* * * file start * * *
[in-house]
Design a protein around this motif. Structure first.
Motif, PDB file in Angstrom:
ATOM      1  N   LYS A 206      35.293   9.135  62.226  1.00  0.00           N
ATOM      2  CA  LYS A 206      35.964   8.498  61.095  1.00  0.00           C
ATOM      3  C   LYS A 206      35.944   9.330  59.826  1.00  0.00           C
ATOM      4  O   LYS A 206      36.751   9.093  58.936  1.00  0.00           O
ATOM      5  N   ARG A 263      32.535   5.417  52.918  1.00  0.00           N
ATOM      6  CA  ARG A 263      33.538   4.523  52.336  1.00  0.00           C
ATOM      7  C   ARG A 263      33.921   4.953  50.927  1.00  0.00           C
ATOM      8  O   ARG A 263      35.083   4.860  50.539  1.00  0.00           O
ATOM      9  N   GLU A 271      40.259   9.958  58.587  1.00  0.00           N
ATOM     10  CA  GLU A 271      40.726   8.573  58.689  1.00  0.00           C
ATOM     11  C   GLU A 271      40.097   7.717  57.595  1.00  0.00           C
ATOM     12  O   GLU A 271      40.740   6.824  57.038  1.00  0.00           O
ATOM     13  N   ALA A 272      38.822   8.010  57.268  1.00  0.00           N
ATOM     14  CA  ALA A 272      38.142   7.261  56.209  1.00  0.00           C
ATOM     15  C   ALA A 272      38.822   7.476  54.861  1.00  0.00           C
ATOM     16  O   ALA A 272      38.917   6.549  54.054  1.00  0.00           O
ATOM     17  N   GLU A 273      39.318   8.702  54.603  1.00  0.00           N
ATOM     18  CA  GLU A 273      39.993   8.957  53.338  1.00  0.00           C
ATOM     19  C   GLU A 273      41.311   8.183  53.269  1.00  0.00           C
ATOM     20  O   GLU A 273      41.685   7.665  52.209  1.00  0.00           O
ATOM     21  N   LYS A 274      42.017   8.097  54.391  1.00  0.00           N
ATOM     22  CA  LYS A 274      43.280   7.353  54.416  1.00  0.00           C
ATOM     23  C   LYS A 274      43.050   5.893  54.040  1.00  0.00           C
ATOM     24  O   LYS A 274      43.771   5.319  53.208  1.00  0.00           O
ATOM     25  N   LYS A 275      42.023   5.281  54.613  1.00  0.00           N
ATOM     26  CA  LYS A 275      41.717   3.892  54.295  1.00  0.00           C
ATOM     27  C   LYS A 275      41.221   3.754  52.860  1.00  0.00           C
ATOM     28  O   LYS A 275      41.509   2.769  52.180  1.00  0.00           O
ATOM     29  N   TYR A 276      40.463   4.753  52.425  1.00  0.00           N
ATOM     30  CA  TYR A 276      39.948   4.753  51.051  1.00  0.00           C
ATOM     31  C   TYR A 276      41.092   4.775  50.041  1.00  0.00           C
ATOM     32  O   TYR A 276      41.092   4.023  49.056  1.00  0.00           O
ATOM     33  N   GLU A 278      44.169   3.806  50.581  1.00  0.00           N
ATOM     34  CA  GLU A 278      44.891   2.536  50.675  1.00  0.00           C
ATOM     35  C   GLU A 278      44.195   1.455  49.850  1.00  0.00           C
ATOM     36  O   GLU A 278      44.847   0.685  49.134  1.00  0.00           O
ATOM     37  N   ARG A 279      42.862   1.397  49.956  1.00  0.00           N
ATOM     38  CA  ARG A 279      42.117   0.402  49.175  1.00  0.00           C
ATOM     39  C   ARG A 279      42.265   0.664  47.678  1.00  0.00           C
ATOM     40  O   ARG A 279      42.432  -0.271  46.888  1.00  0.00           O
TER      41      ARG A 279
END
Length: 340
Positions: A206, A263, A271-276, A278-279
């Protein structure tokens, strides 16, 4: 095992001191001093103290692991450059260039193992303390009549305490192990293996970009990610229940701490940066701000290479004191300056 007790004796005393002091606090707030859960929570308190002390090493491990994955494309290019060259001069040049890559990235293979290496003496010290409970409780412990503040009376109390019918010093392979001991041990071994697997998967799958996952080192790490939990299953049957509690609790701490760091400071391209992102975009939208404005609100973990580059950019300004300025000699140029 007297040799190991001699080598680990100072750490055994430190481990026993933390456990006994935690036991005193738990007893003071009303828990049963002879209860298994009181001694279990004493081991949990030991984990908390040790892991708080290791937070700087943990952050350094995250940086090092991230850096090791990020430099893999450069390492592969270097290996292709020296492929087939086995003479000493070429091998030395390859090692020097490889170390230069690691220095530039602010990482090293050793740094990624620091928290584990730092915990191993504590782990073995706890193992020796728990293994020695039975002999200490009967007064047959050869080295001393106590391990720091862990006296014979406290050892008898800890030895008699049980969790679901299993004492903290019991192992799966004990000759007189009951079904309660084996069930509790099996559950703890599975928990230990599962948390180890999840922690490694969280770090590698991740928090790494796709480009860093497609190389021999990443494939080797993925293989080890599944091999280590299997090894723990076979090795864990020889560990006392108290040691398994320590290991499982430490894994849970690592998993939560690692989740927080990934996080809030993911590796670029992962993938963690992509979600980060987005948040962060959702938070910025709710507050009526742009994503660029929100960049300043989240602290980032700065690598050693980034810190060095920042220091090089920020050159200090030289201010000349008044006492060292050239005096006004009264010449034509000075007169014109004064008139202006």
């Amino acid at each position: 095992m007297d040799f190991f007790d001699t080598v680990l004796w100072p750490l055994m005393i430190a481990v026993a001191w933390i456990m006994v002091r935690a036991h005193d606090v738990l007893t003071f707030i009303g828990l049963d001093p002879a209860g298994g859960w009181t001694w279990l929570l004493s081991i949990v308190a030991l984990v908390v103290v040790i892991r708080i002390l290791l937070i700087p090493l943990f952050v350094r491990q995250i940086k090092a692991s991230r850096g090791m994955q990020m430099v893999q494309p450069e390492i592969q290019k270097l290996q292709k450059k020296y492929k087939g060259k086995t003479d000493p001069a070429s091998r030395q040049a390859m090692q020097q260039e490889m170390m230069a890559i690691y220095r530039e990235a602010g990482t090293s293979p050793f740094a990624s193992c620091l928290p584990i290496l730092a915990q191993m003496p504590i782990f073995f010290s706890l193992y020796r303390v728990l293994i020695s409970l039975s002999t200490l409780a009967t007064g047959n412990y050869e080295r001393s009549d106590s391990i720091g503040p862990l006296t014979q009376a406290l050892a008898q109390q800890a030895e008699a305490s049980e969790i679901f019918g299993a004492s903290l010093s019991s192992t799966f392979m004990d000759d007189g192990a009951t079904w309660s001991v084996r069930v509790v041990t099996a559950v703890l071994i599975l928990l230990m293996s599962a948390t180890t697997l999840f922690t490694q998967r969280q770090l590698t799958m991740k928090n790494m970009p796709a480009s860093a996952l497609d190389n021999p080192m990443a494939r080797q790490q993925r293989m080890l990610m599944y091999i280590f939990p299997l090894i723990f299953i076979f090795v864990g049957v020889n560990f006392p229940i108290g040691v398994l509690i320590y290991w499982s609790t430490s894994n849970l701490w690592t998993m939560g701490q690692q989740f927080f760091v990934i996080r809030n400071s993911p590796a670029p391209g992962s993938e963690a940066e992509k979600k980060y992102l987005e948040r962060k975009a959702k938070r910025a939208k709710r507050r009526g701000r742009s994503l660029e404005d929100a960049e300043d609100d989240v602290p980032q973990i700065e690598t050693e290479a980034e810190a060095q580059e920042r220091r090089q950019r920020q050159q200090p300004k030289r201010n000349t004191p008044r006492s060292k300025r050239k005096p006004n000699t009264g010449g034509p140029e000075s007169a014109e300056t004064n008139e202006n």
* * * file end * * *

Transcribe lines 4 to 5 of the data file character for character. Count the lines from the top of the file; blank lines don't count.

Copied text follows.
ATOM      1  N   LYS A 206      35.293   9.135  62.226  1.00  0.00           N
ATOM      2  CA  LYS A 206      35.964   8.498  61.095  1.00  0.00           C